Using Budgeting And Forecasting To Increase Business Growth
October 3, 2022 •ROARK
Budgeting and forecasting are essential financial practices for any business. However, they are different, and involve different individuals or teams in your company. A forecast is the big picture of achievements and the factors involved, whereas a budget is a plan showing revenue expectations and expenses over time.
Larger businesses use these processes and see revenue and cost savings increase, but not all small businesses take advantage of these tools to achieve success. Here are some of the things you need to know about creating budgets and forecasts that are accurate and actionable.
Budgeting is planning a company's finances across critical areas like payroll, leased office space and equipment, software and hardware, and vendor payments. To properly create a budget, you need to create an outline that includes your projected cash flow, estimated revenue, and expenses for daily operations over a specific period (usually annually).
The first step of creating a financial budget is preparing a detailed financial outline and visualizing what is achievable. Once you have an outline and a goal for budgeting, you can make changes to further target your spending and income.
Types Of Budgets
There are six common types of budgets. Of course, which one you use depends on your business model, but these techniques help you organize your budget and execute it.
- Incremental Budgeting: You add or subtract a percentage of income and expenses against the previous budget.
- Value Proposition Budgeting: You ensure every list item in the budget creates value for your business.
- Zero-Based Budgeting: You create a budget based on cutting costs and justifying all expenses.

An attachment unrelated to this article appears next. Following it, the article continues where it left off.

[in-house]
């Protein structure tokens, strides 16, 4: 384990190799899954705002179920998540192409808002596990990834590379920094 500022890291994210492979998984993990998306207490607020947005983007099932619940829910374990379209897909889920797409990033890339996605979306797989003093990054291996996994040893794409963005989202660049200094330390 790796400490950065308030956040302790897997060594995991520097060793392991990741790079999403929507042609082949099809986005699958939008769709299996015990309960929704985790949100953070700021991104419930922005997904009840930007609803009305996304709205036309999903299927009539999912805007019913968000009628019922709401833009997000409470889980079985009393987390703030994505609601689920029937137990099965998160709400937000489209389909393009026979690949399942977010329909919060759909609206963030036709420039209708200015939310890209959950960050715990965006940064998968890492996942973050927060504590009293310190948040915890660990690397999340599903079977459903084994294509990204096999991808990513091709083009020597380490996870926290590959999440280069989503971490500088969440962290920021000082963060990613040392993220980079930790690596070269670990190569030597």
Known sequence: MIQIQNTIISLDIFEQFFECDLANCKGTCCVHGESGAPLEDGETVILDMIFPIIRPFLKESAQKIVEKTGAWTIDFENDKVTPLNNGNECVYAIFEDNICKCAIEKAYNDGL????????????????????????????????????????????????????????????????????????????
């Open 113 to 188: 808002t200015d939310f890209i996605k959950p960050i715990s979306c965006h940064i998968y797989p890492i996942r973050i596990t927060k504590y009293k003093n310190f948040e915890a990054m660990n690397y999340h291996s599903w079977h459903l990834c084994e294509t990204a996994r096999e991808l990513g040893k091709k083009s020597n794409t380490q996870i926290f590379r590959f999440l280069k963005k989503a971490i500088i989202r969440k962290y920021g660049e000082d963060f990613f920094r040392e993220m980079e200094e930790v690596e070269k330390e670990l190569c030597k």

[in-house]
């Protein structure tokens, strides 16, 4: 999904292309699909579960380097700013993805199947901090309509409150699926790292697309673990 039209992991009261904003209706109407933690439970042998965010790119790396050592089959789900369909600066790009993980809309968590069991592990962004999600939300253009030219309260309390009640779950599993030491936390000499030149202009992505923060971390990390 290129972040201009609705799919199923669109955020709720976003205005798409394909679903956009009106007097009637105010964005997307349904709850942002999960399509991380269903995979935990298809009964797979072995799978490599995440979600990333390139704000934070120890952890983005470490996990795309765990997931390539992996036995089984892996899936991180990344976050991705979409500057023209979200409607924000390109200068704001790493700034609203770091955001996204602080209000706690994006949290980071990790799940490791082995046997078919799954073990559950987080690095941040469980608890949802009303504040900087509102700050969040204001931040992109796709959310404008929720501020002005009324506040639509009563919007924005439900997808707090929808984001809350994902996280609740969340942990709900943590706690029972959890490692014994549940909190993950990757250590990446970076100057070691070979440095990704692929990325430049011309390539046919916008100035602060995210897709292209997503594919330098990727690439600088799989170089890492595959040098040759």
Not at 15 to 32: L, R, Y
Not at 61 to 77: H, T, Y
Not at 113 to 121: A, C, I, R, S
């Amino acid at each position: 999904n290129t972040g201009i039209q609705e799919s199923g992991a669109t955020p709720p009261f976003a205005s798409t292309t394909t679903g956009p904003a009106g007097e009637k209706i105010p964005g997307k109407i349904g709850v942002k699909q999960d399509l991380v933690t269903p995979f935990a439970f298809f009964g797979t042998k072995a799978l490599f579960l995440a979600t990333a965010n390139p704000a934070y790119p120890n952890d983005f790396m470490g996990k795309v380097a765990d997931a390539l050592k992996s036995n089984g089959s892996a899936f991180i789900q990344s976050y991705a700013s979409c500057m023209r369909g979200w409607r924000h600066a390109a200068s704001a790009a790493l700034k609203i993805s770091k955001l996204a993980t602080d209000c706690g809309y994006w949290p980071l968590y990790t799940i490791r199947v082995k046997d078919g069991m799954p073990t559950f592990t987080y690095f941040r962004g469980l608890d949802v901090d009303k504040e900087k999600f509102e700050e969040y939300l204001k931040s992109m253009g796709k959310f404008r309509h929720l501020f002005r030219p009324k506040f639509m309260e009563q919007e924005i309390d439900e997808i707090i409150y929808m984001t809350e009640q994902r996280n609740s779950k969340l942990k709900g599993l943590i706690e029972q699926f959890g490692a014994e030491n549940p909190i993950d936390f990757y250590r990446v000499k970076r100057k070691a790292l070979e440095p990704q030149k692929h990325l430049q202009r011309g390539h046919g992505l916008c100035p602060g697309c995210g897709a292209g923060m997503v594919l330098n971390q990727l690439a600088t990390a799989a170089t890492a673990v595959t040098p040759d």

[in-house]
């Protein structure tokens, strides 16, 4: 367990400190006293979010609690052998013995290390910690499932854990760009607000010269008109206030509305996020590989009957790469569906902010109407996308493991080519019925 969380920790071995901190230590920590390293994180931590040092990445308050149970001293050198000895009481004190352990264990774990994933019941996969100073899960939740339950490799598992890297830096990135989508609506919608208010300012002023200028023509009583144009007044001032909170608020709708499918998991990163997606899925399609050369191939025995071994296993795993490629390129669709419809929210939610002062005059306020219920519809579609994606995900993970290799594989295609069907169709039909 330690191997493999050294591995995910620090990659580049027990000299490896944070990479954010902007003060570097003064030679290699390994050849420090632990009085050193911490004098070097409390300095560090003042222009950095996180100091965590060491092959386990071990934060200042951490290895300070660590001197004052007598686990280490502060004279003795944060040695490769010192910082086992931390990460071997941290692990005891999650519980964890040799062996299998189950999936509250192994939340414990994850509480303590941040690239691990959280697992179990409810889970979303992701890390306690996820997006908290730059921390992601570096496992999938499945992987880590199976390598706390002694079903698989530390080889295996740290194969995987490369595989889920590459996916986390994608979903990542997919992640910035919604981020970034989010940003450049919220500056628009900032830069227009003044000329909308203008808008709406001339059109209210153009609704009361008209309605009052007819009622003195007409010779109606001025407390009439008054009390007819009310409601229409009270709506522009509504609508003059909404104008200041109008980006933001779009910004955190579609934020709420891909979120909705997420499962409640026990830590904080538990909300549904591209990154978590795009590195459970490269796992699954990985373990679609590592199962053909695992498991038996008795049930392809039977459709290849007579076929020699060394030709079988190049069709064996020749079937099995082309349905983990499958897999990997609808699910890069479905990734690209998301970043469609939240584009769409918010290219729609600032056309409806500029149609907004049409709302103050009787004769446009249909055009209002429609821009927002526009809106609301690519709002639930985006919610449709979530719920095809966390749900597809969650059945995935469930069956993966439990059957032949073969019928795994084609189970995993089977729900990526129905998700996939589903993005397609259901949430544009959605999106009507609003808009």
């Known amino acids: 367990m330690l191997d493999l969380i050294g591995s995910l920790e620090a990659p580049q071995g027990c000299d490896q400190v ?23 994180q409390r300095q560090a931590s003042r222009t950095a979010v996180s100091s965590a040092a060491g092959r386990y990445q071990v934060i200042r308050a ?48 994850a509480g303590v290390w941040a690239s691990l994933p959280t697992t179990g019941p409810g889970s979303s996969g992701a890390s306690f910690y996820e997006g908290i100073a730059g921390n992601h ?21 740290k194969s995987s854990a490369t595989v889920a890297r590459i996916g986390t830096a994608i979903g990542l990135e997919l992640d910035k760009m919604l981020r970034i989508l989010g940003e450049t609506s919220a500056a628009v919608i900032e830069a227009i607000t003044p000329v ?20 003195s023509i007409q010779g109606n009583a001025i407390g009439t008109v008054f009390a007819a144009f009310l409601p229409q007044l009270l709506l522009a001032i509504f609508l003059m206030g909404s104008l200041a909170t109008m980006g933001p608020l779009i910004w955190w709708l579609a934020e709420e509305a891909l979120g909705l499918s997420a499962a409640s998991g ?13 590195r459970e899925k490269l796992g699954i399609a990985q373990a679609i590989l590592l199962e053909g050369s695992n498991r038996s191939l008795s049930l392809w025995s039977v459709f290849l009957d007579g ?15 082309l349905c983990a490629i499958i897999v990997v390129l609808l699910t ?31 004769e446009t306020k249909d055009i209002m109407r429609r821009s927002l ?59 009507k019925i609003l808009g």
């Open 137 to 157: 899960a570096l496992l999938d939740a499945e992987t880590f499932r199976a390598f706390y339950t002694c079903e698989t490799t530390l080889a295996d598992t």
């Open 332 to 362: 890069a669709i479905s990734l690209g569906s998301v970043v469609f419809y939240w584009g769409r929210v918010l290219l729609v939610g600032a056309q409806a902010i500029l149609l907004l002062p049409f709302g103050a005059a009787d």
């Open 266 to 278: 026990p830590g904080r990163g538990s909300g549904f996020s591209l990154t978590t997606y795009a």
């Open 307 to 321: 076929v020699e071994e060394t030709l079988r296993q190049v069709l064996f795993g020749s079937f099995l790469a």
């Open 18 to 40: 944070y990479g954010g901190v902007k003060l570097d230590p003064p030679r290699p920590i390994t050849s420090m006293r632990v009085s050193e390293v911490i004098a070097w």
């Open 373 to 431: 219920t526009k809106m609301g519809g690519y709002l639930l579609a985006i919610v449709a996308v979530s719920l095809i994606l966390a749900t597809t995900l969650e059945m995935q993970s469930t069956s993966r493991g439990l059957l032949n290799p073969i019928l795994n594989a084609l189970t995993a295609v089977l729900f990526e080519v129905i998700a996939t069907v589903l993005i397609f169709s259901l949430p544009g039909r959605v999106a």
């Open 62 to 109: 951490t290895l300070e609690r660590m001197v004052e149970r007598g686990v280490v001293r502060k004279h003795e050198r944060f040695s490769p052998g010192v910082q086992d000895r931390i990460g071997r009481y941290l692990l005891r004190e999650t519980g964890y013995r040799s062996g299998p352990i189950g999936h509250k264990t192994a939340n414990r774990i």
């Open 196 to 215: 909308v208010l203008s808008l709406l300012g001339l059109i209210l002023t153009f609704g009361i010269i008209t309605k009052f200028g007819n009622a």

- Cash Flow Budgeting: You account for potential lines of credit to increase business cash flow.
- Activity-Based Budgeting: This budget maps out a specific input volume needed to achieve the projected business output.
- Surplus Budgeting: You budget to account for excess revenue.
Using these six budgeting types helps you plan for the future and realize the funding necessary to grow your business.
In contrast to budgeting, forecasting involves high-level projections of future business outcomes based on existing data and informed opinions. A forecast looks beyond direct factors that influence your business and macroeconomic factors like social and political climates that can sway your market.
Budgets are generally short-term and put in place annually to realize actual gains and expenses. However, a forecast is both short-term and long-term and requires more time to collect data, create a future growth plan, and adjust your operations accordingly. Therefore, most companies develop multiple forecasts to predict current and future business conditions.
There are many dimensions and aspects of business activity, and each requires a forecast built to analyze current health and predict future growth in each area. Four primary types of forecasting are utilized when creating a plan for the future of your business.
- Demand Forecasting: This forecast helps determine the consumer interest for a specific product or service across the entire market. It differs from a sales forecast because it focuses on the external environment and uses data from past sales.
- Sales Forecasting: The planning process starts with projecting sales for the upcoming year. Because sales capture a business's main activity and the sales level, it tends to drive expenses, assets, and liabilities. Demand and sales forecasting go hand-in-hand because they are interrelated.
- Cash Flow Forecasting: This forecast shows how much money will come in and go out. This is a key forecast to accurately plan for income and expenses in your business's short- and long-term.
- Inventory Forecasting: Predicting levels of inventory for a future period is critical for businesses to ensure they have enough products on hand to fulfill orders. However, you must be careful not to overstock items, take past product sales performance and plan accordingly.
Key Differences Between Budgeting & Forecasting
While budgeting and forecasting appear similar, a thorough analysis reveals the differences between these concepts:
- Budgets outline planned business expenses and revenue for a specified period. Forecasting is a detailed projection of future business outcomes.